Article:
5. The legal framework and good practices of Italy, Greece and Spain

6. Conclusions and a toolkit for analysing a case of hate speech

This Handbook has been developed by the authors Alessandra Brigo, Camilla Vedovato, Giulia Meco, Ivana Velkova from The European Association for Local Democracy (ALDA).

Here you can read the complete Handbook:


Defining hate crime report: ‘What is hate crime?’

The “Defining Hate crime report” is a deliverable elaborated within the STAND-UP project on current perspectives and approaches toward the definition of Hate Crime based on the results of a survey and desk research.

The report comprises the international, regional and European framework, the discussion on hate crime rationales, a harmonisation approach towards a possible “common” definition of hate crime and conclusions.

Hate crime is a phenomenon that has received global recognition. It differs from ordinary crimes because of the motivation of the perpetrator, the impact they have not only on the victim but also on persons that share the same characteristics and society as a whole, and the specific legal arrangements established to handle hate crime and its consequences to people and society.

Hate crime violates the dignity of the individual and the idea of equality between members of society, damaging tolerance and plurality due to the ‘normalisation’ of these crimes because of their frequency and their unnoticed distinctive character. What is more, they create serious public orden problems as social exclusion and social unrest.

Though there is a multitude of international, European and national frameworks, it appears to be a lack of common understanding of exactly what hate crime is, how the legislation should work and which groups should be protected. The following report seeks to address this challenge.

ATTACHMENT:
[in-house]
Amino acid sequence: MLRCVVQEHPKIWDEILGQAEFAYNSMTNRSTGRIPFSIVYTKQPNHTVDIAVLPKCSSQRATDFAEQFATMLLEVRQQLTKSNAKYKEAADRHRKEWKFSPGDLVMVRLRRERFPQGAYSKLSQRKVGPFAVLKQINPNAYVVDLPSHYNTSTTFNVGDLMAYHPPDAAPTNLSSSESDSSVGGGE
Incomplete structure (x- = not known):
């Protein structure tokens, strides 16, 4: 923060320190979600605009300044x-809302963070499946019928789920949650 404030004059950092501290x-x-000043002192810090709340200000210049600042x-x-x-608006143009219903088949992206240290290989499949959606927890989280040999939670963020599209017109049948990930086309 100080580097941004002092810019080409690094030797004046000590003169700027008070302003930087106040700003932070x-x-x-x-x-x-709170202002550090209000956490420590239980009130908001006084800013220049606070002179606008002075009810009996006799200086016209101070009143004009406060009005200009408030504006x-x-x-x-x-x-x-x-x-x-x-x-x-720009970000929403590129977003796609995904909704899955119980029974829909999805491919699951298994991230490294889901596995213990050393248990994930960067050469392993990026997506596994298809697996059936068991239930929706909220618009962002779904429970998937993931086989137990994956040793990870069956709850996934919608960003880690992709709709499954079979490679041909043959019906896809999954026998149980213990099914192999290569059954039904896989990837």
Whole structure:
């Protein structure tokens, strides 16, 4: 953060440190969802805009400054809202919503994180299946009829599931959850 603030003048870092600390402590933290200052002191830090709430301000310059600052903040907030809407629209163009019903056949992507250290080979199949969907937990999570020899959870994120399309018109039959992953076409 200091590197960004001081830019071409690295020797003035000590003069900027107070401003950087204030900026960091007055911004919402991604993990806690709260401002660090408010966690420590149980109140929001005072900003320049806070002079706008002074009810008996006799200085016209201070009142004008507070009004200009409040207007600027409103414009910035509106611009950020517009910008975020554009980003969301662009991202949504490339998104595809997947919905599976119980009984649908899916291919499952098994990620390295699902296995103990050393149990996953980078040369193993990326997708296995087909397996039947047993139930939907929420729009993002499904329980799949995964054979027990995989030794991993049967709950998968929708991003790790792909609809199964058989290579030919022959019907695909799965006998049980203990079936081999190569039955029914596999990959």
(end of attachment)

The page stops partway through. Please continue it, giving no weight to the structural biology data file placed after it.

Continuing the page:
The authors are Anastasia Chalkia, Katerina Charokopou and Eva Tzavala from the Greek National Commission for Human Rights (GNCHR), member of the STAND-UP Consortium.

You can read the full report and name it mentioning the authorship and project!


STAND-UP reports on islamophobia, xenophobia, right-wing and antisemitism

The STAND-UP project held 4 webinars in february: 3 national webinars developed by the partners Euroarab Foundation (FUNDEA) from Spain, Fondazione Agenfor Internacional from Italy, and the European Public Law Organization (EPLO) along with the Greek National Comission for Human Rights from Greece, and a final pan-european webinar with the participation of the STAND-UP partners and all the case studies discussed.

All the webinars explained the use of technological tools as OSINT software and Falkor platform to monitor online hate speech and hate crimes. As well, each regional webinar focused on a particular case to investigate.

The Spanish webinar by FUNDEA presented “Narratives and right-wing hate speech and Islamophobia in Spain” with two case studies: the World Cup in Qatar and narratives of the right-wing on two controversial dates in Spain.

The Italian webinar managed by AGENFOR spoke about “Contrast and tracking of hate phenomena in Italy: Veneto Front Skinheads and anti-semitic climate”, focus on antisemitism and right-wing extremism in Italy.

The Greek seminar lidered by EPLO along with the Greek National Comission for Human Rights held the topic “Confronting Hate Crimes & Hate Speech through OSINT” analyzing xenophobia in Greece.

Here you can find all the reports exposed in the webinars: